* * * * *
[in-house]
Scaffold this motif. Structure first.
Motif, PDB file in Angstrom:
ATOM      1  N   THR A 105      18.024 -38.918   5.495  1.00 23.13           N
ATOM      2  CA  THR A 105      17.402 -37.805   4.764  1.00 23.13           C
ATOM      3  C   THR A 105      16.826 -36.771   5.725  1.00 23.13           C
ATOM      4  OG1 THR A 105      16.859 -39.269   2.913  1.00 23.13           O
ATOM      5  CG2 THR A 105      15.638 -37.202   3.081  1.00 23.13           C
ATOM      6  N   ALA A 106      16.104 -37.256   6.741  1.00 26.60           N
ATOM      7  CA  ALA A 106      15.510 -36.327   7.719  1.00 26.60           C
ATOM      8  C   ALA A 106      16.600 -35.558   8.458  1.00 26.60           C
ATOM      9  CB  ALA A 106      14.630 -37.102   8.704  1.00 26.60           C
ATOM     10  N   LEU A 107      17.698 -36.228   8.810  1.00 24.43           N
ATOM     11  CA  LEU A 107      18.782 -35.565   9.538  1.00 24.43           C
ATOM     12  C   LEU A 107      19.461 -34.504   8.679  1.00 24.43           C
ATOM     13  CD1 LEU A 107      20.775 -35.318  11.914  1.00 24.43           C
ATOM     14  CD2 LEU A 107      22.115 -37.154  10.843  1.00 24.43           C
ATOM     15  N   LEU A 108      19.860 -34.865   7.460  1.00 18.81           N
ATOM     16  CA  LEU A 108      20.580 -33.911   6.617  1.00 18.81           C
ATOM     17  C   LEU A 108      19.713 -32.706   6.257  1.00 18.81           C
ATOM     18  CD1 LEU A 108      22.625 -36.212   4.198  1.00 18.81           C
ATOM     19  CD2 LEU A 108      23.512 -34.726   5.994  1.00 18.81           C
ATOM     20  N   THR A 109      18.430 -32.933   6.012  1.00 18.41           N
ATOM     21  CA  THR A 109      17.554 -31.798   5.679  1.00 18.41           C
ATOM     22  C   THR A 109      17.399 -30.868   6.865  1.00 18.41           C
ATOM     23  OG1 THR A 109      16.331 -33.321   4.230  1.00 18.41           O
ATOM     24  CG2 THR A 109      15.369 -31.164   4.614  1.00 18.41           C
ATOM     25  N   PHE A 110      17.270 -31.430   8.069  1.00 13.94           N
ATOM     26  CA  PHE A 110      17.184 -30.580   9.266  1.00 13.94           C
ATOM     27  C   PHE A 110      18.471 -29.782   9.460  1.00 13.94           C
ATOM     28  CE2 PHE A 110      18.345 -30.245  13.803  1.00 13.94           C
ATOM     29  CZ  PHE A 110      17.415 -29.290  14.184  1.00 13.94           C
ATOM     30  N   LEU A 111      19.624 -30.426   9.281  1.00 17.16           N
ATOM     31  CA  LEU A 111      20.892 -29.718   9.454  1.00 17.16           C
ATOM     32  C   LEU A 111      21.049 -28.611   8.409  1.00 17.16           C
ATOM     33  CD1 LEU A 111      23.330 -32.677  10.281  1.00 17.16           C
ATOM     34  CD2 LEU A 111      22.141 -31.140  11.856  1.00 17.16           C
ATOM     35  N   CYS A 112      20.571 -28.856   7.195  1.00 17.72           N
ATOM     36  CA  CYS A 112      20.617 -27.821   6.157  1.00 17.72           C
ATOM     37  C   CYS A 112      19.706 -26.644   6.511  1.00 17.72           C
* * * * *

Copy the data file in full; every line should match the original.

[in-house]
Scaffold this motif. Structure first.
Motif, PDB file in Angstrom:
ATOM      1  N   THR A 105      18.024 -38.918   5.495  1.00 23.13           N
ATOM      2  CA  THR A 105      17.402 -37.805   4.764  1.00 23.13           C
ATOM      3  C   THR A 105      16.826 -36.771   5.725  1.00 23.13           C
ATOM      4  OG1 THR A 105      16.859 -39.269   2.913  1.00 23.13           O
ATOM      5  CG2 THR A 105      15.638 -37.202   3.081  1.00 23.13           C
ATOM      6  N   ALA A 106      16.104 -37.256   6.741  1.00 26.60           N
ATOM      7  CA  ALA A 106      15.510 -36.327   7.719  1.00 26.60           C
ATOM      8  C   ALA A 106      16.600 -35.558   8.458  1.00 26.60           C
ATOM      9  CB  ALA A 106      14.630 -37.102   8.704  1.00 26.60           C
ATOM     10  N   LEU A 107      17.698 -36.228   8.810  1.00 24.43           N
ATOM     11  CA  LEU A 107      18.782 -35.565   9.538  1.00 24.43           C
ATOM     12  C   LEU A 107      19.461 -34.504   8.679  1.00 24.43           C
ATOM     13  CD1 LEU A 107      20.775 -35.318  11.914  1.00 24.43           C
ATOM     14  CD2 LEU A 107      22.115 -37.154  10.843  1.00 24.43           C
ATOM     15  N   LEU A 108      19.860 -34.865   7.460  1.00 18.81           N
ATOM     16  CA  LEU A 108      20.580 -33.911   6.617  1.00 18.81           C
ATOM     17  C   LEU A 108      19.713 -32.706   6.257  1.00 18.81           C
ATOM     18  CD1 LEU A 108      22.625 -36.212   4.198  1.00 18.81           C
ATOM     19  CD2 LEU A 108      23.512 -34.726   5.994  1.00 18.81           C
ATOM     20  N   THR A 109      18.430 -32.933   6.012  1.00 18.41           N
ATOM     21  CA  THR A 109      17.554 -31.798   5.679  1.00 18.41           C
ATOM     22  C   THR A 109      17.399 -30.868   6.865  1.00 18.41           C
ATOM     23  OG1 THR A 109      16.331 -33.321   4.230  1.00 18.41           O
ATOM     24  CG2 THR A 109      15.369 -31.164   4.614  1.00 18.41           C
ATOM     25  N   PHE A 110      17.270 -31.430   8.069  1.00 13.94           N
ATOM     26  CA  PHE A 110      17.184 -30.580   9.266  1.00 13.94           C
ATOM     27  C   PHE A 110      18.471 -29.782   9.460  1.00 13.94           C
ATOM     28  CE2 PHE A 110      18.345 -30.245  13.803  1.00 13.94           C
ATOM     29  CZ  PHE A 110      17.415 -29.290  14.184  1.00 13.94           C
ATOM     30  N   LEU A 111      19.624 -30.426   9.281  1.00 17.16           N
ATOM     31  CA  LEU A 111      20.892 -29.718   9.454  1.00 17.16           C
ATOM     32  C   LEU A 111      21.049 -28.611   8.409  1.00 17.16           C
ATOM     33  CD1 LEU A 111      23.330 -32.677  10.281  1.00 17.16           C
ATOM     34  CD2 LEU A 111      22.141 -31.140  11.856  1.00 17.16           C
ATOM     35  N   CYS A 112      20.571 -28.856   7.195  1.00 17.72           N
ATOM     36  CA  CYS A 112      20.617 -27.821   6.157  1.00 17.72           C
ATOM     37  C   CYS A 112      19.706 -26.644   6.511  1.00 17.72           C